RTotD: Unpopular Opinion

Almost everyone I know loves the movie Christmas Vacation. My stepbrother has a party at his house every year where people come over to watch it while they all wear shirts with movie quotes on them. I’ve also seen plenty of people post on Facebook about how they’re watching the movie or will watch the movie.

I’m not one of those people.

To be honest, I’m not a fan of Christmas Vacation. I don’t think it’s a bad movie, but I certainly don’t think it’s as good as everyone makes it out to be. I don’t care for it.

The Twelfth Knight- Part 2

His sword clanged off the practice dummy as he vented his frustration over having nothing to do. Over and over again he struck. Each time, he changed the angle of his attack so that it never came from the exact same position. He twisted and turned during his attacks so that he would be accustomed to being off-balance while striking. Anything he could think of to do, he did.

“If you keep hitting the dummy like that,” came a voice from behind him, “you’ll dull your blade.”

Roscoe turned to see his brother, Conroe, standing there in his full knight regalia. “Don’t worry,” Roscoe scoffed. “I’ll have plenty of time to sharpen it later.”

“Maybe. Maybe not.”

“What are you talking about?”
“I got an assignment that I’m too busy for and I’m going to pass it to you, if you’ll take it.”

“Hold on. You’re the Seventh Knight. If you pass it on, it should be going to the Eighth Knight, not me.”

“As long as it gets done, I don’t think they’ll care.”

“I don’t know…”
“That’s fine. I’ll go give it to the Eighth Knight then.”

“Wait! What’s the job?”

“That’s what I thought,” Conroe laughed. “It doesn’t seem to be a difficult job, but it must be important because it came straight from the top.”

“The Jester?”

“No, the top. Revis.”
Roscoe chuckled. The Jester wouldn’t like hearing someone say Revis was above him in the Kingdom hierarchy, but he’d never find out. “What’s the job?”

“There are rumors that a mercenary named Merlinus is in town. All you have to do is take a look around and see if there is any truth to these rumors.”

“That’s it? That’s the big assignment? That sounds like something best left for the city guard. I don’t understand why he’s bringing the Knights into this.”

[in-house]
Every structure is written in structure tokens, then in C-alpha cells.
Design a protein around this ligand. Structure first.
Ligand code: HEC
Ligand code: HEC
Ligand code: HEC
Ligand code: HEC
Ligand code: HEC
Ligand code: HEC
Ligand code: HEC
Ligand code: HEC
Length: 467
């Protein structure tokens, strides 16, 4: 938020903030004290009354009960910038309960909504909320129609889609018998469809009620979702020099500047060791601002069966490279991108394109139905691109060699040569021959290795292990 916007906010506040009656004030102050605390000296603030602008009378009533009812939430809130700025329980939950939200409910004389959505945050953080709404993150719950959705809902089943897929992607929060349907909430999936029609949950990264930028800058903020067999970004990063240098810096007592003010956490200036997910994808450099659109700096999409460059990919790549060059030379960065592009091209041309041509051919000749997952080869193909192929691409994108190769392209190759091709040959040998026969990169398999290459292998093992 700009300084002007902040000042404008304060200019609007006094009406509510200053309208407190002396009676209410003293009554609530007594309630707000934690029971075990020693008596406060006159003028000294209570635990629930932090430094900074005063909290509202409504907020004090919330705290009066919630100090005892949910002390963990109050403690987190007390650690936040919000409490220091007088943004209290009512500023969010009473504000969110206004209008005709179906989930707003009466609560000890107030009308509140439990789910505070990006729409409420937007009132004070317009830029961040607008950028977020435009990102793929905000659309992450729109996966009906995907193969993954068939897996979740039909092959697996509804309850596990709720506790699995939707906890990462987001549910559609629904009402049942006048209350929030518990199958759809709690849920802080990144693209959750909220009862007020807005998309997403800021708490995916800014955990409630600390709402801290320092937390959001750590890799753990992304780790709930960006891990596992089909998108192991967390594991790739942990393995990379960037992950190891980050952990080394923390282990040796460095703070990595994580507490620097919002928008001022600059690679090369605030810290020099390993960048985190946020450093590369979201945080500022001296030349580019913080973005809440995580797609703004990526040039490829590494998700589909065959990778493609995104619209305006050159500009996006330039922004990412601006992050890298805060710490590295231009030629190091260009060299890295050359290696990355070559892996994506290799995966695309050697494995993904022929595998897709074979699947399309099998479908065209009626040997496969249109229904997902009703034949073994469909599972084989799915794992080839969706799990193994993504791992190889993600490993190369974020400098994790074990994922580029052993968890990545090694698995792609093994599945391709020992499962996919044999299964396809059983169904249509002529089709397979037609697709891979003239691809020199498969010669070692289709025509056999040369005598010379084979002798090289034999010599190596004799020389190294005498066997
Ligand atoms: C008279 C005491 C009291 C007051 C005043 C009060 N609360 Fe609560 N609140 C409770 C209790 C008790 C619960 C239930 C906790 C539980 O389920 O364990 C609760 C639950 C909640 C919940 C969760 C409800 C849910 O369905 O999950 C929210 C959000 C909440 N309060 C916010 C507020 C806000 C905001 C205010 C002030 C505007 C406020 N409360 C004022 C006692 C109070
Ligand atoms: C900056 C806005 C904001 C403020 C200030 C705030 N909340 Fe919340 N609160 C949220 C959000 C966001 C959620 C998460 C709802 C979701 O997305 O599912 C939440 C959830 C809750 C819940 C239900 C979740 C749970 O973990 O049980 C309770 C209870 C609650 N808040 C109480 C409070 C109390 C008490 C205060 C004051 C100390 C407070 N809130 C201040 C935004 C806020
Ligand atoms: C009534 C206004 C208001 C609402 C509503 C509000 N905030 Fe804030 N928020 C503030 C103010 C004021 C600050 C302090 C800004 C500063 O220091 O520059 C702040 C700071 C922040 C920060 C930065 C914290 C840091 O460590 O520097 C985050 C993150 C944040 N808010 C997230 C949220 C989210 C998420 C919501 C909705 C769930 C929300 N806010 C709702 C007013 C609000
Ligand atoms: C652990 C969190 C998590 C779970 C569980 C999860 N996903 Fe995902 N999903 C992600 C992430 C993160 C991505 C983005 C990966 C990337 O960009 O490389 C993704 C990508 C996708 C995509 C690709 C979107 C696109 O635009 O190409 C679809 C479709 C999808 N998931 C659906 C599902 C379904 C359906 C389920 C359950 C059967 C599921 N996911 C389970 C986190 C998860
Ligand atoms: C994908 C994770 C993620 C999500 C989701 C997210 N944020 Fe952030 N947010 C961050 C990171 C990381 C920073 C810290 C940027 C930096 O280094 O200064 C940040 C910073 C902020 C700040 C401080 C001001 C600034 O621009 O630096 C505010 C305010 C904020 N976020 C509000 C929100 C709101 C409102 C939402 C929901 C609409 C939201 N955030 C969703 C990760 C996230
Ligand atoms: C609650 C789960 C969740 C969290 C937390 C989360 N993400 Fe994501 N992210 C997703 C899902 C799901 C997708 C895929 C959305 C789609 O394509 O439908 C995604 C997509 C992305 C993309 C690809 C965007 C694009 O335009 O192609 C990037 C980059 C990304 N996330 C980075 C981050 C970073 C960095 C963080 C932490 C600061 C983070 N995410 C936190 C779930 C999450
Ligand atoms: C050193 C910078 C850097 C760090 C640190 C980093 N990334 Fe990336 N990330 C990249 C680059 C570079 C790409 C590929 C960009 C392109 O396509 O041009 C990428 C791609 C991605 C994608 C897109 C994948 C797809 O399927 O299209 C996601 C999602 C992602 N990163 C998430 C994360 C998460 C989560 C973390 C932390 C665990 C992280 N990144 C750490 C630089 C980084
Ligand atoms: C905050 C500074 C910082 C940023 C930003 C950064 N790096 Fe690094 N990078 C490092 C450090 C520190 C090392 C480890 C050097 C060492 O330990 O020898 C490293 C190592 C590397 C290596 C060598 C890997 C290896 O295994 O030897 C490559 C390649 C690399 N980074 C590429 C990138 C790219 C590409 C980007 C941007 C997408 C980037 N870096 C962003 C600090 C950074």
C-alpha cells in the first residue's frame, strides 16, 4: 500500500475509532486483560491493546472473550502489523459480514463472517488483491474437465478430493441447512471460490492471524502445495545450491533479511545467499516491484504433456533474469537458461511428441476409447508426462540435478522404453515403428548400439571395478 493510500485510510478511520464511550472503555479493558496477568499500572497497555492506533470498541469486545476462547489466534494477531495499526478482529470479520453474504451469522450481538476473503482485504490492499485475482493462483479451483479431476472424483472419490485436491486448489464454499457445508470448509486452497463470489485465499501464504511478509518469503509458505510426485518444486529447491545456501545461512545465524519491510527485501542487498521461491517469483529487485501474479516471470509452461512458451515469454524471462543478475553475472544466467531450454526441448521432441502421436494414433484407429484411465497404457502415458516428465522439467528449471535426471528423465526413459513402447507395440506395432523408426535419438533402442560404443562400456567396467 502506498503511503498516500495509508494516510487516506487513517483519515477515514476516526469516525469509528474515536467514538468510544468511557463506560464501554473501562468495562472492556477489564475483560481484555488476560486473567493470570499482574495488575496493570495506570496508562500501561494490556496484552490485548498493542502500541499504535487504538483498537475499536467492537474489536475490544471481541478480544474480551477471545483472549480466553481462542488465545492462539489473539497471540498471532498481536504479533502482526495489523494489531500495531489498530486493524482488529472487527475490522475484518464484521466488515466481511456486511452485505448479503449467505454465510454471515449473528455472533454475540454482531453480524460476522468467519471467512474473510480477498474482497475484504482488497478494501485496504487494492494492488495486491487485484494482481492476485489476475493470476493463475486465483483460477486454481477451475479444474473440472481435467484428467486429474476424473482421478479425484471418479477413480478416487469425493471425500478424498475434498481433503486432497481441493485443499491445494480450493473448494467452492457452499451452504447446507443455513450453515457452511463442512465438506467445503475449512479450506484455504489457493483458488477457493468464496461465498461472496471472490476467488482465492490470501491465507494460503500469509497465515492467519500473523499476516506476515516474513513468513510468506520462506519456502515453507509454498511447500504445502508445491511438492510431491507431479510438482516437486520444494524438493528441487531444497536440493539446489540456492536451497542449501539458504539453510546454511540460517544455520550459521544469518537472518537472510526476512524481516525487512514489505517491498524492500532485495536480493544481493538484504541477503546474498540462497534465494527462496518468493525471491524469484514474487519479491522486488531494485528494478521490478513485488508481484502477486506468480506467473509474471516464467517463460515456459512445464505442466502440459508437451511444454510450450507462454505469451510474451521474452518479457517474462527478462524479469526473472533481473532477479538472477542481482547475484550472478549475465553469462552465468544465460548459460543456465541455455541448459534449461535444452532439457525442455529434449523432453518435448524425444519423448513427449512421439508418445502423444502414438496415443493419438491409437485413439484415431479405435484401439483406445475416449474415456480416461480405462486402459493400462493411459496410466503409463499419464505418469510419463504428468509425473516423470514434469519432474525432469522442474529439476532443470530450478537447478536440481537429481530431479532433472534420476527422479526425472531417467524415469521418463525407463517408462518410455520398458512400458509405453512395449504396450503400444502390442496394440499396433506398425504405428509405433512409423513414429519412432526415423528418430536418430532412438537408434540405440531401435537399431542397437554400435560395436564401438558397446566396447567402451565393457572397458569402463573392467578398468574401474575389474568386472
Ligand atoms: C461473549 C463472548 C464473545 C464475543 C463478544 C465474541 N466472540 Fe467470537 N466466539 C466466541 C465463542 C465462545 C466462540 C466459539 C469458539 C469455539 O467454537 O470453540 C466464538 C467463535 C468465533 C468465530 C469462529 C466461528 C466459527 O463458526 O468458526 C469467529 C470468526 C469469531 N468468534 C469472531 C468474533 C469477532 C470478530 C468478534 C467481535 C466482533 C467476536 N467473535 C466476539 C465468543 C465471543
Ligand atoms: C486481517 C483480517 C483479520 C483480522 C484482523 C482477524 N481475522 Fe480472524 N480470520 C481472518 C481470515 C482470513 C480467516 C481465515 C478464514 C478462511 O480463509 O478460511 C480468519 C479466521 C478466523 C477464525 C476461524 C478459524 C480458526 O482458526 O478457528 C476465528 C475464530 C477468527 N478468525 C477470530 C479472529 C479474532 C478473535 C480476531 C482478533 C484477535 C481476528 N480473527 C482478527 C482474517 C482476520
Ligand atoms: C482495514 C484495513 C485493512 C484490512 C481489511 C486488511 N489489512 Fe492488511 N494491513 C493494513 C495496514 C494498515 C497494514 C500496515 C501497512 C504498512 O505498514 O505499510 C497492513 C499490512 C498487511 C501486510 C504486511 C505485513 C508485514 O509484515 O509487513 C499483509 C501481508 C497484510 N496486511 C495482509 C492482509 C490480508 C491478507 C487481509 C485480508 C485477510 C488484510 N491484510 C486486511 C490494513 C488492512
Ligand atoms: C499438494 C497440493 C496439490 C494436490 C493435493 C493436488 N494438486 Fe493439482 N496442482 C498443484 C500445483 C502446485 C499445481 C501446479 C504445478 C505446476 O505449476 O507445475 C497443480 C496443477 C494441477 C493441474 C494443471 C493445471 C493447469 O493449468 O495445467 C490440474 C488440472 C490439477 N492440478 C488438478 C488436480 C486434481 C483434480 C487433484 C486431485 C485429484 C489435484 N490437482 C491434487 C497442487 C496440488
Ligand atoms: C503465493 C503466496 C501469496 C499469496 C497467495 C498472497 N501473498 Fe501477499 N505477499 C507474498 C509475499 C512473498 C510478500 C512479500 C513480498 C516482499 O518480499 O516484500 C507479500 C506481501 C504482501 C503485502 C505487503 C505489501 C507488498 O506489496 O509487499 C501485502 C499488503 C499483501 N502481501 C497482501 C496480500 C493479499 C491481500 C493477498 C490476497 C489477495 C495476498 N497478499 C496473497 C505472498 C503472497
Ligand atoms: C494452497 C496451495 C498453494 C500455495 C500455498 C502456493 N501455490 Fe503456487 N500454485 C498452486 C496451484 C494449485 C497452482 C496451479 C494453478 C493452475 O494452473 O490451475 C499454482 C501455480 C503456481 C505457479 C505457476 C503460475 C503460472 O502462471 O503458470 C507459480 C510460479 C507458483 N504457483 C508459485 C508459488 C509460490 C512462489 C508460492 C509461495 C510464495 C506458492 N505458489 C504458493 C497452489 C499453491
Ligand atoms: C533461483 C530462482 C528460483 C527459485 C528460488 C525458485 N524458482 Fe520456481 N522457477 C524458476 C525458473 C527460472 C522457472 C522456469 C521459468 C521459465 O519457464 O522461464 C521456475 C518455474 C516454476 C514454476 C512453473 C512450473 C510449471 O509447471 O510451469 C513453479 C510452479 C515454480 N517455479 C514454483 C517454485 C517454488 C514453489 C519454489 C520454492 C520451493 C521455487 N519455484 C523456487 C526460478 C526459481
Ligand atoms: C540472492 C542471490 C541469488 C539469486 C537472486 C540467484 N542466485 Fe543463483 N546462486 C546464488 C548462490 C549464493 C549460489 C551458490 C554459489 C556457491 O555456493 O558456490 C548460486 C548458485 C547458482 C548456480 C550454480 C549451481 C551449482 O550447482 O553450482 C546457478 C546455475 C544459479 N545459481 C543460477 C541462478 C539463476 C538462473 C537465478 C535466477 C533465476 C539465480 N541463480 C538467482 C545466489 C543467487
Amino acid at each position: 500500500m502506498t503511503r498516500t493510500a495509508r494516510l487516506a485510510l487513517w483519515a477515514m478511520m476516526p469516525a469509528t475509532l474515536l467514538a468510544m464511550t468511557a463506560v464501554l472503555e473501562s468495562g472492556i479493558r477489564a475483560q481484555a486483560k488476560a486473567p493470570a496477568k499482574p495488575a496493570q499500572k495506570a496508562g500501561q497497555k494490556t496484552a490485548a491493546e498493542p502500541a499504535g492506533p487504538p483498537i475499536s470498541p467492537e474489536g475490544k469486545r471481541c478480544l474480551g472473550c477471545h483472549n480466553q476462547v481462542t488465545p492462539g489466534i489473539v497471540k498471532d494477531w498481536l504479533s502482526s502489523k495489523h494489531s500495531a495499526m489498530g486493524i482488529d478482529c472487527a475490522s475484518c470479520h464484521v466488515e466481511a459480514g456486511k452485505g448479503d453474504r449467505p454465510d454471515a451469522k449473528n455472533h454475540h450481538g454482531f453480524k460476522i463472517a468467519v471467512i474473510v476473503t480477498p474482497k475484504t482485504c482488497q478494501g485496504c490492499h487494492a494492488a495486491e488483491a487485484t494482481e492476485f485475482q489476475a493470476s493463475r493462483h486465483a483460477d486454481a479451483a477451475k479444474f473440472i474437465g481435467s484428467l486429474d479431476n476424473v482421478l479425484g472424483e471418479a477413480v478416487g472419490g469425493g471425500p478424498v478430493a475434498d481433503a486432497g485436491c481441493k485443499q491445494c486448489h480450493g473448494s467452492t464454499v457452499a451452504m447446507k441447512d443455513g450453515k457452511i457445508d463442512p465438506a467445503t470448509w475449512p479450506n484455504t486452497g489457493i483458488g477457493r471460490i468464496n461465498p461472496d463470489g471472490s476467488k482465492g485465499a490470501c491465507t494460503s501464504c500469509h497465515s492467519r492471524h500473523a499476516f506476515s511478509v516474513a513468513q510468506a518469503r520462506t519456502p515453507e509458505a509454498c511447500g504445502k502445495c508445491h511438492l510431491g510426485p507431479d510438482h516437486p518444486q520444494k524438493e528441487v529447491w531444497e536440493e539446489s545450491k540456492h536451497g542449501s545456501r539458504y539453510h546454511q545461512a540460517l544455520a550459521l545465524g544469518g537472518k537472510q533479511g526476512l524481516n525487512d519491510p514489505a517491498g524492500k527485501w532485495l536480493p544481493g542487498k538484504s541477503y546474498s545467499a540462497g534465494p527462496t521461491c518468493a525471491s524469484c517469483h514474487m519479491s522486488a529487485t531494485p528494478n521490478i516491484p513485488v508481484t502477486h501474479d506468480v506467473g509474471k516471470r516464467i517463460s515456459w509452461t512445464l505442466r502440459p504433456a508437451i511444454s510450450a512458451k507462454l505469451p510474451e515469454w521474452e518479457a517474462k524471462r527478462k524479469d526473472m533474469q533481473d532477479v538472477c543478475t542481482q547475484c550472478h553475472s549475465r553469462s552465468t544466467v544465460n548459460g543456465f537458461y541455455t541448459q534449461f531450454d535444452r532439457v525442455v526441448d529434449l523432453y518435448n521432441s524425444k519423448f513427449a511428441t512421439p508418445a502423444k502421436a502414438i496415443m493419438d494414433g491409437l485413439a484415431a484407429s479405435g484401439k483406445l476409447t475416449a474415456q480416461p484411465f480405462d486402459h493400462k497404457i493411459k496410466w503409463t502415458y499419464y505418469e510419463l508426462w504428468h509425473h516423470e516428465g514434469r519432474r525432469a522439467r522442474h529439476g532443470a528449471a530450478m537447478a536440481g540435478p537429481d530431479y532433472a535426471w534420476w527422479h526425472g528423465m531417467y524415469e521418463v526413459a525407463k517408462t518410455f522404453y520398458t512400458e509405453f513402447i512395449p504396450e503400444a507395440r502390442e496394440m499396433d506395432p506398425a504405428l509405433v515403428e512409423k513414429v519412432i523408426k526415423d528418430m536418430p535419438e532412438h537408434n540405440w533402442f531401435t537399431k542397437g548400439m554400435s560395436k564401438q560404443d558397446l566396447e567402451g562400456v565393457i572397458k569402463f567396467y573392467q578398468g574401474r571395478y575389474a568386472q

“That’s because you don’t have all the information. Look, all you have to do is go around town and ask people, discreetly, about Merlinus. If you come up empty, it’s no big deal. We’re not sure he’s even in town. But, if you do find out that he’s here, you are not to go after him yourself. Once you have his location verified, you go straight to Revis with it.”

“And when he asks how I knew to be looking for Merlinus?”

“As far as the Knights are concerned, I have taken on this job. If you find Merlinus, and report it to Revis, just tell him I was talking to you about my assignment and you took it upon yourself to help me out. I’ll back you up on it.”

“What’s the catch?”

“What do you mean?”

“You’re never do anything for me without some ulterior motive. What’s the catch?”

Conroe looked like he was about to protest, but then stopped. “Ok, fine. They told me if I didn’t accept this assignment, I’d have to run some training classes for the city guard.”

“So?”

“The kids are with the in-laws for the next few days and the wife and I need some alone time. We’re not going to get that alone time if I’m doing either of those things. So, I figured this was a win/win. I get my alone time with the missus and you get the assignment that you’ve been wanting. Come on, Roscoe. You know you want this.”

“Oh yeah. It’s my dream in life to help my brother get laid,” Roscoe responded with a roll of his eyes.

“Not that part, you jackass. The getting an assignment part.”

As much fun as it would be to ruin Conroe’s plans, he couldn’t deny that he had been waiting for an opportunity to do something other than train. “Ok fine, but if your wife calls out my name instead of yours, don’t come crying to me.”

“I don’t have to worry about that,” Conroe shot back. “You’d have to bed a woman first before she’d cry out your name and we both know no woman has ever been desperate enough to shack up with you.”

“It’s so strange. I feel sick all of the sudden. I don’t know if I can take your assignment now.”

“Uhh, I meant to say that you’re the best looking fellow in the land and that any woman would be lucky to have you.”

“That’s what I thought you meant. I’m feeling better already. Now, get out of here before I change my mind.”

The two men said their goodbyes and Roscoe went to change out of his practice armor. He quickly put on the armor that marked him as a Knight of the Kingdom. A swelling of pride washed through him when he was done. It never ceased to amaze him how much it meant to him that he had made it into the order of Knights. The Kingdom was full of good people and he was proud that he had been chosen as one of their protectors.

Over the past couple of years, he had grown to know the people of this town fairly well. When he wasn’t training, he patrolled the streets. That was the job of the city guard, but he was bored and needed something to do. Roscoe became friends with the townspeople: the butcher, the baker, the person who made candlesticks. He went to all of them and pretended to be out on one of his normal patrols. Once he was through with the small talk, he tried to subtly steer the conversation towards rumors that there may be mercenaries in town.

They all immediately clammed up. Despite claiming he was just sharing gossip, all three people stopped talking when as soon as he said the word “mercenary”. It was clear that they were afraid. Perhaps there was something to the rumors after all. He had never seen the butcher scared before, and the butcher had been one of the citizens who volunteered to drive the shiny vampires out of the Kingdom a few years back.

Then again, just because people were scared, it didn’t mean that they were scared of this Merlinus person. They could just as easily be something or someone else that’s frightening them. He just needed to find out what it was. Since his friends weren’t willing to tell him, he’d need to go places he didn’t go to before, like taverns and gambling establishments. Those were the kinds of places where people would know what he needed to know.